Tonight, 35 members of the Schechter Westchester community, as part of the culture club, are going to see the Tony-Award Winning show for best musical: Spring Awakening. The play, containing many mature topics and explicit scenes, has elicited some controversy among the Schechter Westchester students, faculty, and kehilah.
Set in the late 19th Century, Spring Awakening is the story of teenagers finding their way through the confusion and hardships of adolescence, specifically teenage sexuality. The play follows two rebellious yet curious teenagers who defy the norms of their society, and along the way discover their minds, their bodies, and themselves.
The controversy surrounding the play results from the play’s adult themes, explicit language, sexual scenes, and brief nudity. “We knew the theme of the show would bring up a potential problem,” sophomore culture club leader Ariel Abergel said.
Yet despite its somewhat racy content, after some hesitation the administration decided that parent involvement would permit the club to attend: “The solution to that problem was to get parent permission and to specifically note the mature topics,” High School Principal Eric Bassin said.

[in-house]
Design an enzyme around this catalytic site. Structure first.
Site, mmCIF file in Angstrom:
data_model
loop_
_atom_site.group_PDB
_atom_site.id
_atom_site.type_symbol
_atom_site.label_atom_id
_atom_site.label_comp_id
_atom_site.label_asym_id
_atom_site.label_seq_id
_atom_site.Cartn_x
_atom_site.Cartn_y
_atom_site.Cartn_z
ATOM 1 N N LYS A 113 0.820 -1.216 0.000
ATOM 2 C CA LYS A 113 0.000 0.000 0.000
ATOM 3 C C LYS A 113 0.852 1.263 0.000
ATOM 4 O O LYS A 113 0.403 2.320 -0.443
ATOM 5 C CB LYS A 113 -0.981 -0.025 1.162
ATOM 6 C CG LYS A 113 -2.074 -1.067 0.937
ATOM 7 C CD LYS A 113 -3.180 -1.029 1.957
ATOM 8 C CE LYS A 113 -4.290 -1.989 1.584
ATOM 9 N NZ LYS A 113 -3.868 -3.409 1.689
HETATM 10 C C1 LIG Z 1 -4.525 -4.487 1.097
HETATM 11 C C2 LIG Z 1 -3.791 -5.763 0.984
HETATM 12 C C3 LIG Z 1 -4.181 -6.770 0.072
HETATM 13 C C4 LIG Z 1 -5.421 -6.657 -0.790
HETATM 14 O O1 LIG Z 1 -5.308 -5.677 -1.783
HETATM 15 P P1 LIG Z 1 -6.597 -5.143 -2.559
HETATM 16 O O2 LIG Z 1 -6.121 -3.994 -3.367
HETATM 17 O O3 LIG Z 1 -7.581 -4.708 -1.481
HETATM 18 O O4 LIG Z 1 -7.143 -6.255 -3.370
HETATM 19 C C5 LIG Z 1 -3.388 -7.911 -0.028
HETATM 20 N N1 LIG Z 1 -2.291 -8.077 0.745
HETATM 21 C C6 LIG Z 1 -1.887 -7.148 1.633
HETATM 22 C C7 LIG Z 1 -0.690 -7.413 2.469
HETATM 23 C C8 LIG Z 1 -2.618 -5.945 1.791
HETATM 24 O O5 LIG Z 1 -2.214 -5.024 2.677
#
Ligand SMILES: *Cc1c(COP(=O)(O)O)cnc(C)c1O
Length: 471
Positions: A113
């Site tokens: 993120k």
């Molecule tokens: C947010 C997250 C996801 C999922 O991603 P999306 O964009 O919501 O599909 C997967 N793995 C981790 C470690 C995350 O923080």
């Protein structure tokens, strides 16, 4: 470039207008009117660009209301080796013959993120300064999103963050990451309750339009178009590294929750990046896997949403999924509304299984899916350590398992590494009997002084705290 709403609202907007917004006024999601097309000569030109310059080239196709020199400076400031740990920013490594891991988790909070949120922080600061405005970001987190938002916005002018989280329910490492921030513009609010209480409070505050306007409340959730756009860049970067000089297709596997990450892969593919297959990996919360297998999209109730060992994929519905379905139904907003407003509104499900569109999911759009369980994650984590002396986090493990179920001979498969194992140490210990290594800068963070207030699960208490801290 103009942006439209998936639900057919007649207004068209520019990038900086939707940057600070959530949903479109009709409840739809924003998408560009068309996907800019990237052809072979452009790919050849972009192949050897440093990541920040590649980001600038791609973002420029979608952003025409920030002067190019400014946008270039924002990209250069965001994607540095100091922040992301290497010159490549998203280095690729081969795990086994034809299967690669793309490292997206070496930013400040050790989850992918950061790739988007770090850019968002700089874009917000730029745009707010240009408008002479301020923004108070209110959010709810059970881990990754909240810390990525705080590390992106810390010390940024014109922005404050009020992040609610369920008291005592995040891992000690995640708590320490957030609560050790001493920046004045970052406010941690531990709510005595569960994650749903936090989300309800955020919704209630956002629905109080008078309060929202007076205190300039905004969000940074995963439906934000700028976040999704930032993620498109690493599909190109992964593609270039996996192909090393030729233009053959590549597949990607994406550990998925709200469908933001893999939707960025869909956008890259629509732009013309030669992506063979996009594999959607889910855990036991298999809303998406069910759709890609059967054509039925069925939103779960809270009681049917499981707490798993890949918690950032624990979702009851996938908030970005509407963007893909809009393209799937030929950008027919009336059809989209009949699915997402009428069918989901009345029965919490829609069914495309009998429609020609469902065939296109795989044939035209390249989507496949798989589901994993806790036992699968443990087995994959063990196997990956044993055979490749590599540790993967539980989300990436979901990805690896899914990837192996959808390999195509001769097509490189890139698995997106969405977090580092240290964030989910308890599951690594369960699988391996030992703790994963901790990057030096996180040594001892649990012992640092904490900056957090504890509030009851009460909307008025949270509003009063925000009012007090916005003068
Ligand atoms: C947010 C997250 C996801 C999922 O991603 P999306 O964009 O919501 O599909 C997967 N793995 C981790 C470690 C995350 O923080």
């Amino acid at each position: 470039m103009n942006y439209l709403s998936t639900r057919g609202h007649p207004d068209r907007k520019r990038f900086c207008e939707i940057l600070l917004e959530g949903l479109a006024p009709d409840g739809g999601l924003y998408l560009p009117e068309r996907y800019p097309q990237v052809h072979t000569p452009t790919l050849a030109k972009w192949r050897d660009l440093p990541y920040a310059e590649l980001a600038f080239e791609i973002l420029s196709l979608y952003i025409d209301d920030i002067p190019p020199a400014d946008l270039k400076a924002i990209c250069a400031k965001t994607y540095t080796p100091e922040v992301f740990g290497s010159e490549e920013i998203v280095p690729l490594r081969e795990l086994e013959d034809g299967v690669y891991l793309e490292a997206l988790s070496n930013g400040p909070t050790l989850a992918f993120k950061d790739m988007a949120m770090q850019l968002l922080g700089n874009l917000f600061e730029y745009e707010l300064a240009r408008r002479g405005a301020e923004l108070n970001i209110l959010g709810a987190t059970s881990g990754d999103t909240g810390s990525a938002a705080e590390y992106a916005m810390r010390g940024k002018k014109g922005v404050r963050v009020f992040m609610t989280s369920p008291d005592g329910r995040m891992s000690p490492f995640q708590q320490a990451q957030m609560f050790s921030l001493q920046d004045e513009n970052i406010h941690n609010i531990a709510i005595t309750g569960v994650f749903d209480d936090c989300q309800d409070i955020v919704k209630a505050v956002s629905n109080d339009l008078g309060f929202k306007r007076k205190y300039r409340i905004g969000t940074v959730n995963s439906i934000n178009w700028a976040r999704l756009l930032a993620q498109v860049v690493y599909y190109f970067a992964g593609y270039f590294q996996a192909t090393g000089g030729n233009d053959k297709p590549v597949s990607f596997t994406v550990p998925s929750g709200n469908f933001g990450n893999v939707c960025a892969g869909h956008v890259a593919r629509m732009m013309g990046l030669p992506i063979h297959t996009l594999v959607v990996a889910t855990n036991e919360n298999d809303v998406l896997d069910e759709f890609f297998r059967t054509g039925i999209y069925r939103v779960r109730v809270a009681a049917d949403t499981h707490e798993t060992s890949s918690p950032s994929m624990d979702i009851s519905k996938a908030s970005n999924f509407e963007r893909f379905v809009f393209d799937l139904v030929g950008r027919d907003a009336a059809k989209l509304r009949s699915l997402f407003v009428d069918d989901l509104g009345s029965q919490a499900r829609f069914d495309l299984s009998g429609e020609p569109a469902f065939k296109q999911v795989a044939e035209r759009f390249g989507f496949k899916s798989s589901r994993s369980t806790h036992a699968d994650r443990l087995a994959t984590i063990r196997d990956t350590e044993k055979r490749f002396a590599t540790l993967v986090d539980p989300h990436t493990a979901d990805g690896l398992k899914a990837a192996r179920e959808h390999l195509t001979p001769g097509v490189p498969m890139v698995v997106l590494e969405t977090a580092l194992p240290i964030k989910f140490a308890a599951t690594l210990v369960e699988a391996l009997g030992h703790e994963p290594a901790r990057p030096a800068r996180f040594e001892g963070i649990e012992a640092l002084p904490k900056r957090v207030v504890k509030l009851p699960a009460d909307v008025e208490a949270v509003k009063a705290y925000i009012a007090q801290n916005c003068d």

The controversy was only one aspect of the play that enticed the club. “We chose to see Spring Awakening not only because of its popularity but also because it applies to adolescents,” Abergel said.
Another intriguing aspect of the play is its novel implementation of disabled actors: the show is the first to cast an actor in a wheelchair, and it also contains several deaf and blind cast members. “I think this teaches people that anyone can do anything,” said Bassin.
The faculty has mostly positive anticipations in regards to the play. “I’m really not anticipating any kind of difficulties,” school psychologist Dr. Bill Blank said. “I think the kids are going to be enthralled.”
The students of the culture club have similar anticipations: “I think it will be a lot of fun, I’m going to meet new people, have a good time, and I think it’s going to be an amazing show,” freshman Abby Jaeger said.
The culture club took the Metro-North train to the 7 PM start. Students and faculty paid for their own tickets at thirty-five dollars per ticket, and Schechter Westchester offered financial assistance to any student to whom attending would be a financial burden.
The culture club’s trip to see Spring Awakening extended the experiential learning aspect of a Schechter Westchester education, exposing students to the different realms of sexuality and adolescent culture in ways beyond the classroom.